But surprises were in order at Avery Fisher on an artistic level. Mr. Zukerman surprised in a reverse way for his want of musical inspiration on a podium. James Conlon, who has not shown himself off especially well either at the Metropolitan Opera or with the Boston Symphony Orchestra, turned in an accomplished, confident, often exciting account of the Liszt. Even though the 73-minute work needs more of an alchemist than Mr. Conlon is at this point in his career, he managed the big moments with genuine dramatic flair.
Mr. Davis, who has usually been rather unpliant and stiff of musical gesture, revealed a new, grittier facet of his musical personality in his all-Russian evening. His "Scheherazade" was less suave than normal (a real plus), volatile, emphatic, and refeshingly direct. The Borodin overture to "Prince Igor" was raucous and fun. He made the most of the Conus Violin Concerto, a work that Jascha Heifetz once played often in public.
It is a fine showcase for a suave supervirtuoso. Unfortunately, Rosa Fain, in her United States debut, was not up to the extrovert digital wizardry of the showcase passages. Once acclimated to her very broad, almost quavery vibrato, one could appreciate the quieter passages for thier innate beauty and skillful exploitation of the instruemnt's sonorities. The Conus is refreshing -- not a major work, but equally as engaging as the Glazounov, which still commands attention.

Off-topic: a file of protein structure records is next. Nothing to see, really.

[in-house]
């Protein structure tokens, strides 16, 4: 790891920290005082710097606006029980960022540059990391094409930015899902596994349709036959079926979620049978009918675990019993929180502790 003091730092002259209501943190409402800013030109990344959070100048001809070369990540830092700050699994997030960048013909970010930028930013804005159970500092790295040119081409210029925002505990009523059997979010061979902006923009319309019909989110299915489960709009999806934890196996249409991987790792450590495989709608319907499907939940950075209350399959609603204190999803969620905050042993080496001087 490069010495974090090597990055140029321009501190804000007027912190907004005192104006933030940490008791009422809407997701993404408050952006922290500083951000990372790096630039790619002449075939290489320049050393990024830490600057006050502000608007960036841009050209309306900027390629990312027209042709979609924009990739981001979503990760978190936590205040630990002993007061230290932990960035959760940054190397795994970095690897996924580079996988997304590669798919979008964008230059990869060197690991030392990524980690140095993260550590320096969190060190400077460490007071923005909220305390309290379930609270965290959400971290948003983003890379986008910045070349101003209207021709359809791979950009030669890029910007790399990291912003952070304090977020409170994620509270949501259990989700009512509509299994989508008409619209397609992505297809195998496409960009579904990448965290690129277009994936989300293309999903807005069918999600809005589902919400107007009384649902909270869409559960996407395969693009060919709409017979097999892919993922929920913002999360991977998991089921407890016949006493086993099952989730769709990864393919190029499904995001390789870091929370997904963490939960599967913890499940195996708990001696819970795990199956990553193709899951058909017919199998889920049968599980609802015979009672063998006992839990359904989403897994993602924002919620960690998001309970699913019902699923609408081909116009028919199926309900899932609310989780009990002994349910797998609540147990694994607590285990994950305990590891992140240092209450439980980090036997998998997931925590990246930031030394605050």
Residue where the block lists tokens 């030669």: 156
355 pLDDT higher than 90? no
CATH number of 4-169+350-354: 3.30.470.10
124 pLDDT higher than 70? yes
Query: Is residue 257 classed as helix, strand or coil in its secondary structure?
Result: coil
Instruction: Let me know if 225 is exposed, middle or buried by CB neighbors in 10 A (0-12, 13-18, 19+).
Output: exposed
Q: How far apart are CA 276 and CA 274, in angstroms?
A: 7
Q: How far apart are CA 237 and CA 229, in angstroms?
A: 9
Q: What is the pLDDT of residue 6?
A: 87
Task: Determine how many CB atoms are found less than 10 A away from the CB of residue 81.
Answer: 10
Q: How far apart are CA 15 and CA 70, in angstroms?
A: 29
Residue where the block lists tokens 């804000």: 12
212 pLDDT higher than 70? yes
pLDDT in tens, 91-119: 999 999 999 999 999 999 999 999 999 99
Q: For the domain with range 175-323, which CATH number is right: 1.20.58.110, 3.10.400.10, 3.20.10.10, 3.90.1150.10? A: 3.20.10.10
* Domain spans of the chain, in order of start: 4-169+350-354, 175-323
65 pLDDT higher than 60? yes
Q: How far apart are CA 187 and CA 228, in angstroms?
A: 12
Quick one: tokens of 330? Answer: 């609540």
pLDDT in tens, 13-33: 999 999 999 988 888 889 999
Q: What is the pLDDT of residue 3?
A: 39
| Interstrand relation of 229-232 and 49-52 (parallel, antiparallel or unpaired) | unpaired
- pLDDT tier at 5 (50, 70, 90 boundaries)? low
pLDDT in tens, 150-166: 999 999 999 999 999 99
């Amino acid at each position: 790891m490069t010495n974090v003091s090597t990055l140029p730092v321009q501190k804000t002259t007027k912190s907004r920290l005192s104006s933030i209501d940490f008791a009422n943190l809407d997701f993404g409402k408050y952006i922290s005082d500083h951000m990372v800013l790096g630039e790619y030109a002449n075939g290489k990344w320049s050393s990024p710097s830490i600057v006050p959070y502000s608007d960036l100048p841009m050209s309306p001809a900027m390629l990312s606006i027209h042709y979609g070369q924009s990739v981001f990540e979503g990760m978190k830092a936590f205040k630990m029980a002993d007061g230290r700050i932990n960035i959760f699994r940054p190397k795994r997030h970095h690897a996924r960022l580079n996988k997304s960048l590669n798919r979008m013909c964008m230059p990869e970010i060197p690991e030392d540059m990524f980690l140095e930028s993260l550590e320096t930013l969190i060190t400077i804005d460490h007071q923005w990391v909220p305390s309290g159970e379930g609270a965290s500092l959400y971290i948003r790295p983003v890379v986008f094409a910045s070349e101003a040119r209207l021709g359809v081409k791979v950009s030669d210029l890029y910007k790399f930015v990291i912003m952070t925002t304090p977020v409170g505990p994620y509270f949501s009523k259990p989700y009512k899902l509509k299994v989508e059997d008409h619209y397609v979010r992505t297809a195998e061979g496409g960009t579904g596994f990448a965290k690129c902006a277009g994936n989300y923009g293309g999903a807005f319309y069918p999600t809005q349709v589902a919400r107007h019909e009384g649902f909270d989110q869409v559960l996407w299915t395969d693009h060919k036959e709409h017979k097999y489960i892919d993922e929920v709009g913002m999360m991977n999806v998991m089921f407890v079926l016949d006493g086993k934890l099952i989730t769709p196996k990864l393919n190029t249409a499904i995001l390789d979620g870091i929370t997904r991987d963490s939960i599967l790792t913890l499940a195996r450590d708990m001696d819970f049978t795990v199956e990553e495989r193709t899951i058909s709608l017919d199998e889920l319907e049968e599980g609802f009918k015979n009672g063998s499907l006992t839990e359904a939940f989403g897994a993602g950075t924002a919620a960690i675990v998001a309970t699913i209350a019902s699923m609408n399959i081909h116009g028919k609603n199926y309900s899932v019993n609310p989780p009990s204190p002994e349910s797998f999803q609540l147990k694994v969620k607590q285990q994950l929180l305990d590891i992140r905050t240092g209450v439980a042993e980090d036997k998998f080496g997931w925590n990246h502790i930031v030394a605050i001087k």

Christoph von Dohnanyi, grandson of the composer Erno, is a growing presence on records, yet is rarely heard here in the United States. He accompanied Mr. Galway in the Reinecke, a depressingly forgettable work, even with Mr. Galway's magical presence to vitalize it. Galway orchestrated a piece by Doppler, for which he was joined by Philharmonic principal flutist Julius Baker -- fun but empty. Dohnanyi devoted the second half of the program to Schumann's Second Symphony -- a quintessentially Romantic work. His tempos were rather brisk, but they worked well, and he rose to the haunting beauties of the Adagio memorably.
Throughout the three concerts, the New York Philharmonic sounded challenged and interesting -- quite unlike anything else I have heard it do this season.